On Election Day 2009, Cuyahoga County voters comfortably approved a new system of local government.
The government led by three county commissioners is scrapped, replaced by a new 11-member county council and a single executive elected by voters across the county. A widespread corruption scandal involving former Commissioner and county Democratic Party Chairman Jimmy Dimora sparked the change.
Residents seeking the a government with more checks and balances fueled the calls for a new structure. Thus far, the results have been mixed.
Former Lakewood Mayor Ed FitzGerald was sworn in as the county’s first executive in January of 2011. He earned some praise for his reform efforts, but also came under fire after his name came up in a brief section of the Dimora probe (FitzGerald was not accused of criminal wrongdoing). FitzGerald only served one term and was the Democratic nominee in Ohio's 2014 gubernatorial election, losing to incumbent John Kasich in a landslide.
Former Ohio House Speaker Armond Budish succeeded FitzGerald in 2015. Shortly after he won four years later, his administration began facing charges of misconduct: His offices were raided this past February as part of an FBI corruption investigation, and a scandal involving inhumane conditions and inmate deaths at the county jail has erupted. Multiple top officials (including former jail director Ken Mills) have either been charged with or convicted of crimes, and while Budish has not been at this time, at least one lawsuit has accused him of covering up the issues at the facility. Voters also passed a ballot issue in November that takes away some of Budish’s powers over the county sheriff.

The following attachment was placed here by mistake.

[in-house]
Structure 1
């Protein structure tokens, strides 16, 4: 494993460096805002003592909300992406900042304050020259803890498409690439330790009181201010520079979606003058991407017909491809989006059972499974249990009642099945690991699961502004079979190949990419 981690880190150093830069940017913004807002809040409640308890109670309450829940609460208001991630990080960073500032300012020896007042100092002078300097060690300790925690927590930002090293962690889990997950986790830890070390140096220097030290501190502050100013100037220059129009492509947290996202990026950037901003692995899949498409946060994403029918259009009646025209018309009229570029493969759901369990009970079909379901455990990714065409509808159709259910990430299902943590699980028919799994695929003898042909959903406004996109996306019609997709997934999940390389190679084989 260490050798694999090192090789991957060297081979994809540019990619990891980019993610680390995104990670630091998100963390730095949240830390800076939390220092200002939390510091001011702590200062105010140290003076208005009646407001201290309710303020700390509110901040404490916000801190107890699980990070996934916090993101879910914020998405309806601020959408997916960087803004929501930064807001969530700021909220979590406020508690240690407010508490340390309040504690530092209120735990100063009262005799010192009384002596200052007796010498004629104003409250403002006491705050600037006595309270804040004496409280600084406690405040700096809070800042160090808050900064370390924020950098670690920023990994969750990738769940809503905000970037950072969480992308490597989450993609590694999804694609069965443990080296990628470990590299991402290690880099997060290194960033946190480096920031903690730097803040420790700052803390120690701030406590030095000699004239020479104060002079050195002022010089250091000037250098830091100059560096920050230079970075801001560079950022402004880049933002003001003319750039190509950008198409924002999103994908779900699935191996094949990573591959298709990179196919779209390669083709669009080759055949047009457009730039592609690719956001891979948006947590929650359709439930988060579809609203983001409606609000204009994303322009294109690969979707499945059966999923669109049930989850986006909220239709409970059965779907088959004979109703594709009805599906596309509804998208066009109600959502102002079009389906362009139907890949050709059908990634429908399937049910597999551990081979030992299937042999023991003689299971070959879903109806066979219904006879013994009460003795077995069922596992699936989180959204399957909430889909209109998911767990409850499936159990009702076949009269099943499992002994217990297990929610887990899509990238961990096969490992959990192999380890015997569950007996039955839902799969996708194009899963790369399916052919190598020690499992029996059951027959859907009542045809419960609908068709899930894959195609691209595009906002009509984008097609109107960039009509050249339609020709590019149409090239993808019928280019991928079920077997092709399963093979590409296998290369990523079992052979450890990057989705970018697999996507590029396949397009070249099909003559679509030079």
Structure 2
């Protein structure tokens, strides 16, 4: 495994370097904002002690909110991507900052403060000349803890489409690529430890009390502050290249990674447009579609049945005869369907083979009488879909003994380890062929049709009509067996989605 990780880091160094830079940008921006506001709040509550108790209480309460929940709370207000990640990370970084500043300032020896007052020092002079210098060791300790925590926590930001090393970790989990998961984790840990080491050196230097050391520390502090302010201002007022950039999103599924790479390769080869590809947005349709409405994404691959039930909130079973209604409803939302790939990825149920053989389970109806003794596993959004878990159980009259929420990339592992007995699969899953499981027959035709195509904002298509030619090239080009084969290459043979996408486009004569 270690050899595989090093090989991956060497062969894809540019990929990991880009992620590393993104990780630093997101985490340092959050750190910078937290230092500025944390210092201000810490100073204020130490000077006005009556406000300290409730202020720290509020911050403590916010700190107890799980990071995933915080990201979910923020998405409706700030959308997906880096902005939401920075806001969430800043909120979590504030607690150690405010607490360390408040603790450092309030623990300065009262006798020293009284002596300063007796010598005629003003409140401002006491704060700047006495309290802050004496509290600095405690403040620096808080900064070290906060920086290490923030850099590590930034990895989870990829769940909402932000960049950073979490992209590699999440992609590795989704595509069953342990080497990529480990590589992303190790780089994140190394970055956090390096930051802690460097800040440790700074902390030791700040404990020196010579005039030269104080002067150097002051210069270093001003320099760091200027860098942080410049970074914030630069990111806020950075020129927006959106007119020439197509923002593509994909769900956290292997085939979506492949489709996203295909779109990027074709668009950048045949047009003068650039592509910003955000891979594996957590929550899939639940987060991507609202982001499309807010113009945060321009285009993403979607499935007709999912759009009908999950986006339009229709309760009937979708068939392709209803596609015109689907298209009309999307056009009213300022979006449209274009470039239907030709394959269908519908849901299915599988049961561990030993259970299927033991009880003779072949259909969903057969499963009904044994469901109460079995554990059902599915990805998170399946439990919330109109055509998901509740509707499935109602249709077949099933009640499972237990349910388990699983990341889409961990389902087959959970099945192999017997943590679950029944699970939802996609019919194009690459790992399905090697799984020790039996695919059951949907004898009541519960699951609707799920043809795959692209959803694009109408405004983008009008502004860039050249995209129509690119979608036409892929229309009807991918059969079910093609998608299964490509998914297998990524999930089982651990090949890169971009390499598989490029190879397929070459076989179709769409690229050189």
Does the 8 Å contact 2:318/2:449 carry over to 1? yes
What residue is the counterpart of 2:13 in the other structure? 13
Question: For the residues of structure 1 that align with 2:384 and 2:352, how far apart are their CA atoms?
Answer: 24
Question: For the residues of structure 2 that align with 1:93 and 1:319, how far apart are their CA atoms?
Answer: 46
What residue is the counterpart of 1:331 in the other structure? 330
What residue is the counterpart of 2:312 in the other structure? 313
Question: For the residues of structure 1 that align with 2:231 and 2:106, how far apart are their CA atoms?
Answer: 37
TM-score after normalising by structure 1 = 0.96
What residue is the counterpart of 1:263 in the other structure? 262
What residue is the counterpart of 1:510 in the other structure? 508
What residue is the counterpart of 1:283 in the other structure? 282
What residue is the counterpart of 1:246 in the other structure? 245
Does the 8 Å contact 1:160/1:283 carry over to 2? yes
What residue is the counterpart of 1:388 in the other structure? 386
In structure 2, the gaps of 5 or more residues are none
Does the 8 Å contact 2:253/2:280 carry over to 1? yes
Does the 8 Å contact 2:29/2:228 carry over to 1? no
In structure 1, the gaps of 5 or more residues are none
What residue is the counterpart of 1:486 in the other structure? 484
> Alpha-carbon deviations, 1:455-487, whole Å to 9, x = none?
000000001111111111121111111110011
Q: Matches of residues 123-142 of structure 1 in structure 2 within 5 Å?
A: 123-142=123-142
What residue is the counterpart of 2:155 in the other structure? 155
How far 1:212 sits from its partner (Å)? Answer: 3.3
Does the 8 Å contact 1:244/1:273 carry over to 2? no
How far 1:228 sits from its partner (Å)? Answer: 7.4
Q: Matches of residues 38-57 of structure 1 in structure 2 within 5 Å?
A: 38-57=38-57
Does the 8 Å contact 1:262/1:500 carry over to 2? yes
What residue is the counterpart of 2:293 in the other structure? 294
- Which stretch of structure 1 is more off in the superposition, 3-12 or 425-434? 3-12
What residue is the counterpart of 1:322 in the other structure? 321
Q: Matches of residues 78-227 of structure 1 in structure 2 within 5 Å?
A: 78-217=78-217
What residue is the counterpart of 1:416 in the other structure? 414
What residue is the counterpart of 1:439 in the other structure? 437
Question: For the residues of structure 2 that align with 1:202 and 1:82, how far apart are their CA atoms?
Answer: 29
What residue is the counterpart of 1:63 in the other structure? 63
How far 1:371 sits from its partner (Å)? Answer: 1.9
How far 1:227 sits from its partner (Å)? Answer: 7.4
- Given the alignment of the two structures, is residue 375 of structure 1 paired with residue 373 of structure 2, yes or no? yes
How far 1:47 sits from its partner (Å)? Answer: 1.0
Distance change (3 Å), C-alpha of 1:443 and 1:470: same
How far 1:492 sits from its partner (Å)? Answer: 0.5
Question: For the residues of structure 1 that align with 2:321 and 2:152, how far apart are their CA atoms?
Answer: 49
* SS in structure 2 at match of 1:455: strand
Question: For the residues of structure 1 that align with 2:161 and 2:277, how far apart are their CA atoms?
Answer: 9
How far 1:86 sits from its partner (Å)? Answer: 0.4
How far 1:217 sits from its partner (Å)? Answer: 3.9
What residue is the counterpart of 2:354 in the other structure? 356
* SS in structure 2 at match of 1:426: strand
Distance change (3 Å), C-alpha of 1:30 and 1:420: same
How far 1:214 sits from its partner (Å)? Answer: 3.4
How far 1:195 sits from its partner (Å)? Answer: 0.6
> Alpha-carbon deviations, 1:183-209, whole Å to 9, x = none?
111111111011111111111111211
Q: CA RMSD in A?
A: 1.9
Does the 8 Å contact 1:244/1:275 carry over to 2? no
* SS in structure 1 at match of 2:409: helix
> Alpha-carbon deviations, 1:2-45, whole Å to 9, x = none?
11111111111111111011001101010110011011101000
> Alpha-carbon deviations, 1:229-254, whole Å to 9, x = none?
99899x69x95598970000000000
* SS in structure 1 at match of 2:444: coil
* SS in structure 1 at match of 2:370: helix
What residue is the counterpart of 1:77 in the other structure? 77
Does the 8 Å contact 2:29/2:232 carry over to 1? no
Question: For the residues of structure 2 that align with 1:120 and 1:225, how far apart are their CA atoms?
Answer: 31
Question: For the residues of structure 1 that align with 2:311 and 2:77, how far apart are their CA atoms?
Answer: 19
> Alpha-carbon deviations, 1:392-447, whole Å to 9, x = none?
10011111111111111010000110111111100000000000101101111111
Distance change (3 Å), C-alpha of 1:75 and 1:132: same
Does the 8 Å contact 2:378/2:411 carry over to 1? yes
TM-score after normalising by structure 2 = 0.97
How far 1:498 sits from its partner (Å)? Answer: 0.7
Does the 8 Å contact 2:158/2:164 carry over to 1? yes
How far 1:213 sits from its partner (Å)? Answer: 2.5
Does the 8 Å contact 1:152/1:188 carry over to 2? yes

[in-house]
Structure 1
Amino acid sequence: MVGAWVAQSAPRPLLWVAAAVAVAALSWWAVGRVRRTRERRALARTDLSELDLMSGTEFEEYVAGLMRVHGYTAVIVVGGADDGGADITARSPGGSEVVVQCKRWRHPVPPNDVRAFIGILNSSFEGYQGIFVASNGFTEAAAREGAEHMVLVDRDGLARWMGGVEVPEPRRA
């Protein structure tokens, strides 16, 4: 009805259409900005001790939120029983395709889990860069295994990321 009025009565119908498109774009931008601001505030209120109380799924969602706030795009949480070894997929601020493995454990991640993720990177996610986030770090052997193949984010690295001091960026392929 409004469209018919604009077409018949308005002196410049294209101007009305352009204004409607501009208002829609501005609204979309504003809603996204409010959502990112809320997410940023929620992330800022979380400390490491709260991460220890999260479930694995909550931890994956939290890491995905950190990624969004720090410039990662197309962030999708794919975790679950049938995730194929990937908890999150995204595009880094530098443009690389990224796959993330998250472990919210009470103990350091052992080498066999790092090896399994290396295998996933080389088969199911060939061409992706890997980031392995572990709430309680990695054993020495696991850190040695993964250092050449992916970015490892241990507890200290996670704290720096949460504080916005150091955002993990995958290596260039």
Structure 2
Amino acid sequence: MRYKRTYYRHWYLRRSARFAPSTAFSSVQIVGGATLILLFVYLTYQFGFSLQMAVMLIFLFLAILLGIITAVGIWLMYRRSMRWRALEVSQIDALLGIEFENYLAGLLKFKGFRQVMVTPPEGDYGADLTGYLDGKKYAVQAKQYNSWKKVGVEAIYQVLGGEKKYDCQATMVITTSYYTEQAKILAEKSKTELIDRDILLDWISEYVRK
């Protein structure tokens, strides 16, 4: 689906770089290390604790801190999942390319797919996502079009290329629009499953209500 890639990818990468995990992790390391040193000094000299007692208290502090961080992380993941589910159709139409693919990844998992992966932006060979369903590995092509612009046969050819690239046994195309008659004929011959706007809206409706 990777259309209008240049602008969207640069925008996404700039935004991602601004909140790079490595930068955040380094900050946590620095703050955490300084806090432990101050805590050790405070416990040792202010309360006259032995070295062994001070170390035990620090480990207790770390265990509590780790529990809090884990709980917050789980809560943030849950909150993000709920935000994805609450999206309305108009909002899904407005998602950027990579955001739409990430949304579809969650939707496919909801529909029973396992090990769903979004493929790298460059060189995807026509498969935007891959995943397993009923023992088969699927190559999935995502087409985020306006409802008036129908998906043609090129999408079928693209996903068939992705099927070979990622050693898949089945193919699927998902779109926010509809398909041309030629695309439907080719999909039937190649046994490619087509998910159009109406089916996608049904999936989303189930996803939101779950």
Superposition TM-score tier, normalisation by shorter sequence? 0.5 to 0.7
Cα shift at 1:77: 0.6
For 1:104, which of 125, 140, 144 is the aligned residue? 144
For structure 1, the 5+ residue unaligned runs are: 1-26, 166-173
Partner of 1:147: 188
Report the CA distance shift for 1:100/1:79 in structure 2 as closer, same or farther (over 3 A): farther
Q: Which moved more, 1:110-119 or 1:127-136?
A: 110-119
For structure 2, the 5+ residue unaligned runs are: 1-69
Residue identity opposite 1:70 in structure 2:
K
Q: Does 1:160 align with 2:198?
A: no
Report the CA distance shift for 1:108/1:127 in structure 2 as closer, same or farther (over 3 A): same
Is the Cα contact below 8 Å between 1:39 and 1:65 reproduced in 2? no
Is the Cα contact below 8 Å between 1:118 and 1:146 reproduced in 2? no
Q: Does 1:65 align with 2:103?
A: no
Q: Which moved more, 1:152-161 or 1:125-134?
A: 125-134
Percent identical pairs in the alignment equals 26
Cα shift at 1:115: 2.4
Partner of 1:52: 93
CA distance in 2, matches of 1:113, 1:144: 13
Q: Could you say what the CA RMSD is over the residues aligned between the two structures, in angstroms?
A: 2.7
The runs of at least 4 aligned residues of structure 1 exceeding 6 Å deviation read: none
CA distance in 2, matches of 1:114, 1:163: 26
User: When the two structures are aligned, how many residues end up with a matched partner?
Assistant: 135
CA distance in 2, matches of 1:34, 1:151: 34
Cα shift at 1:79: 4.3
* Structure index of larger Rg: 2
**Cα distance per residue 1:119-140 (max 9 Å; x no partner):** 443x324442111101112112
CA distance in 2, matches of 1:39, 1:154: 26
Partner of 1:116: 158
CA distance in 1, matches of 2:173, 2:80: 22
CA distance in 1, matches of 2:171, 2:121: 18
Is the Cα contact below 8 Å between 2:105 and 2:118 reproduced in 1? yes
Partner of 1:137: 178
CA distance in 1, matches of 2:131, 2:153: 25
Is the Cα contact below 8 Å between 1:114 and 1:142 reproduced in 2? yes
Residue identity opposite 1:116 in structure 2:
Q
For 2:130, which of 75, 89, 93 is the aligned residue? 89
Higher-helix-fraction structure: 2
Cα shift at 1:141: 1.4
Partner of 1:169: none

As for the man whose tenure led to the push for changes, he is now behind bars. Jimmy Dimora was sentenced in 2012 to more than two decades in federal prison, but in a 2018 interview with 3News denied he was the monster he has been portrayed to be.
“Listen, I’m guilty of a lot of things,” he said. “I’m guilty of many bad choices in my friends that I chose. I’m guilty of making a bad choice of my trial counsel. I’m guilty of not following my gut to testify at my trial.”